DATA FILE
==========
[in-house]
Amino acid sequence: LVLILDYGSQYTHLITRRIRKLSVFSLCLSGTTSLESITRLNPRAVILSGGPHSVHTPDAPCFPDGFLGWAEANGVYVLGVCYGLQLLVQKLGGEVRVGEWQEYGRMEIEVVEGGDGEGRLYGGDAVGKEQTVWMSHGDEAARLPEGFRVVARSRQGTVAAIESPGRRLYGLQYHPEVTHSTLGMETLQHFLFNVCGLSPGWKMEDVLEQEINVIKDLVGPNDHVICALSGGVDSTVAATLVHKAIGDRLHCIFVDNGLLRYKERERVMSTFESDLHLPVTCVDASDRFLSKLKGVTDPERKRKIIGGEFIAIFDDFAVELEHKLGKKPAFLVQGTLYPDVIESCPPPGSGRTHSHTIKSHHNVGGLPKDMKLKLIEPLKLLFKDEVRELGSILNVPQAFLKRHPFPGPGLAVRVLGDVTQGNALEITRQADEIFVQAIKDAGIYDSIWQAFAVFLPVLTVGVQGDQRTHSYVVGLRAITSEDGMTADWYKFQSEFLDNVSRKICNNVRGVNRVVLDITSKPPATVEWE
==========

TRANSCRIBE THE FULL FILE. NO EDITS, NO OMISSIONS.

[in-house]
Amino acid sequence: LVLILDYGSQYTHLITRRIRKLSVFSLCLSGTTSLESITRLNPRAVILSGGPHSVHTPDAPCFPDGFLGWAEANGVYVLGVCYGLQLLVQKLGGEVRVGEWQEYGRMEIEVVEGGDGEGRLYGGDAVGKEQTVWMSHGDEAARLPEGFRVVARSRQGTVAAIESPGRRLYGLQYHPEVTHSTLGMETLQHFLFNVCGLSPGWKMEDVLEQEINVIKDLVGPNDHVICALSGGVDSTVAATLVHKAIGDRLHCIFVDNGLLRYKERERVMSTFESDLHLPVTCVDASDRFLSKLKGVTDPERKRKIIGGEFIAIFDDFAVELEHKLGKKPAFLVQGTLYPDVIESCPPPGSGRTHSHTIKSHHNVGGLPKDMKLKLIEPLKLLFKDEVRELGSILNVPQAFLKRHPFPGPGLAVRVLGDVTQGNALEITRQADEIFVQAIKDAGIYDSIWQAFAVFLPVLTVGVQGDQRTHSYVVGLRAITSEDGMTADWYKFQSEFLDNVSRKICNNVRGVNRVVLDITSKPPATVEWE